Richard Kemp arrived here the day after the raid on the Mavi Marmara that left nine people dead. While he was critical of the handling of the incident, in particular intelligence gathering prior to the raid, he said he had in no way revised his position regarding the efforts made by IDF soldiers to avoid civilian casualties and that the blame for the death toll lay with the “activists” who attacked the soldiers.

“I think there were clearly errors made in what the IDF did in boarding that ship,” Kemp said. “The main error seems to me to have been a failure of intelligence in having a prior understanding of what it was facing. Arguably, had it known better what kind of resistance it might face, it could have approached the ship in a different way. The real people responsible for what happened though are those people who attacked the soldiers who came on board.

“Intelligence is a notoriously hard thing to get right, but it was a flaw not to have recognized the nature of the people the IDF was confronting, but I suppose the publicity surrounding those ships was all to do with people in pursuit of peace and aiding the people of Gaza. It was not unreasonable not to expect them to behave in the way they did. But having said that, a military force that has the reputation and the sophistication of Israel’s should not be surprised in that way.”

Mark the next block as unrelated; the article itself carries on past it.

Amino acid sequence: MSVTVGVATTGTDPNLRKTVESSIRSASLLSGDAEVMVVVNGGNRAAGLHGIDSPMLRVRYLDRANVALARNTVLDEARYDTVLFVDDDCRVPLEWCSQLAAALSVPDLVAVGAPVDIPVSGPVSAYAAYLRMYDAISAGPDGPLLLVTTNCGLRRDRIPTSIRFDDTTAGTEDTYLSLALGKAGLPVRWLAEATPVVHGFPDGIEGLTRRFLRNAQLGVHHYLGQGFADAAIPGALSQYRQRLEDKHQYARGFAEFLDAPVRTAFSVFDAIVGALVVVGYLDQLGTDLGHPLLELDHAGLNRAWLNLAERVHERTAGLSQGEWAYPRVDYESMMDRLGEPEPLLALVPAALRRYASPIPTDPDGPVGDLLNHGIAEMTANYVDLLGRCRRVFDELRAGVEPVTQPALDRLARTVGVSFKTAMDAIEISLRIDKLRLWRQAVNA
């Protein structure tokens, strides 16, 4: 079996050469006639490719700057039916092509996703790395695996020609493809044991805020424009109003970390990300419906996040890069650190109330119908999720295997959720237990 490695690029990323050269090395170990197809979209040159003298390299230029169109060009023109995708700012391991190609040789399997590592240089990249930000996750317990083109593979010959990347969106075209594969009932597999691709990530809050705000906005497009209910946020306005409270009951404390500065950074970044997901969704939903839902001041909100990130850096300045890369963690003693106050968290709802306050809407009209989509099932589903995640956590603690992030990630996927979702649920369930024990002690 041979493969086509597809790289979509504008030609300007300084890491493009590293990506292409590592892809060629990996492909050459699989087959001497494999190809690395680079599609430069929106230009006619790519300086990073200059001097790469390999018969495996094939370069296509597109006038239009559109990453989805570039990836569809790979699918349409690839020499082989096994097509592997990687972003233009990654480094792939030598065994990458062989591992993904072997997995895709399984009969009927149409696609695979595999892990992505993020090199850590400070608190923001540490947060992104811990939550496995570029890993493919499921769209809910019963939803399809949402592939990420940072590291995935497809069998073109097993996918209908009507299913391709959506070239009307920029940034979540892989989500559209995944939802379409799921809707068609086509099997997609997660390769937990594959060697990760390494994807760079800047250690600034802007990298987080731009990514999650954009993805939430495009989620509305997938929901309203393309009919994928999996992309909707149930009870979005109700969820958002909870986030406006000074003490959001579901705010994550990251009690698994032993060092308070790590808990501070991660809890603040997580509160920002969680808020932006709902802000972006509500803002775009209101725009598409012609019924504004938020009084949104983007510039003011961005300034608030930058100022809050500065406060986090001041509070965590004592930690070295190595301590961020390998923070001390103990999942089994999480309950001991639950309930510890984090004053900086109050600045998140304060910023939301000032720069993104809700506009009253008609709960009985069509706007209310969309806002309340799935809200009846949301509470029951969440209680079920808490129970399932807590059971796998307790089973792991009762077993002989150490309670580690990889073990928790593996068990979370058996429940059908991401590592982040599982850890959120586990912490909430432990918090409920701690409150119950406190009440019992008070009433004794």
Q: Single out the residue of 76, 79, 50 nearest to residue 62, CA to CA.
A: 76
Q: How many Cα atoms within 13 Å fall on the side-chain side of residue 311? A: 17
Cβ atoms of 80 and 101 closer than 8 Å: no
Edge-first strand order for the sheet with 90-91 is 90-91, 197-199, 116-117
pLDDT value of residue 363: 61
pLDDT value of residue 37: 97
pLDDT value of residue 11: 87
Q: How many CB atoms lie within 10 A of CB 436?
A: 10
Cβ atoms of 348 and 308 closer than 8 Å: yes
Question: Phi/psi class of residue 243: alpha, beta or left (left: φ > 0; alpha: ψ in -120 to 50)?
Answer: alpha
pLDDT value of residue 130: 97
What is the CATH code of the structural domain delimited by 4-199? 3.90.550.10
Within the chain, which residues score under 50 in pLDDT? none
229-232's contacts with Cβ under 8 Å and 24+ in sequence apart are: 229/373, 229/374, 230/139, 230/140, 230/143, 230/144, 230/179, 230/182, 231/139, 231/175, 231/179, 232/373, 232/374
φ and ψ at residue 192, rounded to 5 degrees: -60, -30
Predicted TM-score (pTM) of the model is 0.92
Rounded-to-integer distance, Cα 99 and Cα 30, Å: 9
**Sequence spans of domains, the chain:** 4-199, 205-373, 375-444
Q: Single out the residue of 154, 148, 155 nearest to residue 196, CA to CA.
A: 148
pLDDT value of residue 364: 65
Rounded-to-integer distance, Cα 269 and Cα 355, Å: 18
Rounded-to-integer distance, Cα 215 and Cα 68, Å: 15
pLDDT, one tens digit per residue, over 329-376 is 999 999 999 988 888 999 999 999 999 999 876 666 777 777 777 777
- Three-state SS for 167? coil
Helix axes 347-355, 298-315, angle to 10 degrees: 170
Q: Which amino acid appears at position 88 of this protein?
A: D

Asked whether once on board and facing those circumstances, the commandos had no choice but to shoot to kill or whether they should have responded differently, Kemp said: “I think one has to wait for more detailed facts to come out, but the rules of engagement, the laws of armed conflict, to an extent apply in that situation the same as they would apply anywhere. The Israeli soldiers were under obligation to use minimum force, but we’ve all seen the footage that’s been released of what happened and they appear to have been subject to a very vicious and violent attack.

“When you’re in that situation, by the look of it outnumbered by a group of people wielding iron bars and, according to Israeli reports, knives and possibly having taken weapons from soldiers, it’s very hard when you’re facing a situation which is effectively close combat to decide unless you were actually there what the rights and wrongs were. But for a soldier to be put in that situation is regrettable.”

Kemp also suggested that the IDF needed to do more to improve its capabilities on the media front.

“I think that the IDF’s media operation has improved quite a lot, but it’s up against a real problem. It’s up against a sophisticated Hamas media operation and propaganda from many, many parts of the world who are opposed to Israel, so it’s got to up its game even further. It might even do things like embedding reporters into the military units while they carry out operations, which some of the Western armies do to good effect. It’s something Israel should consider.

“I think in the case that we’re talking about here it would have clearly not been possible to have had reporters actually accompanying troops boarding a ship, but in general terms, I think the IDF should gear more toward including media, trying to tell its story more effectively.”

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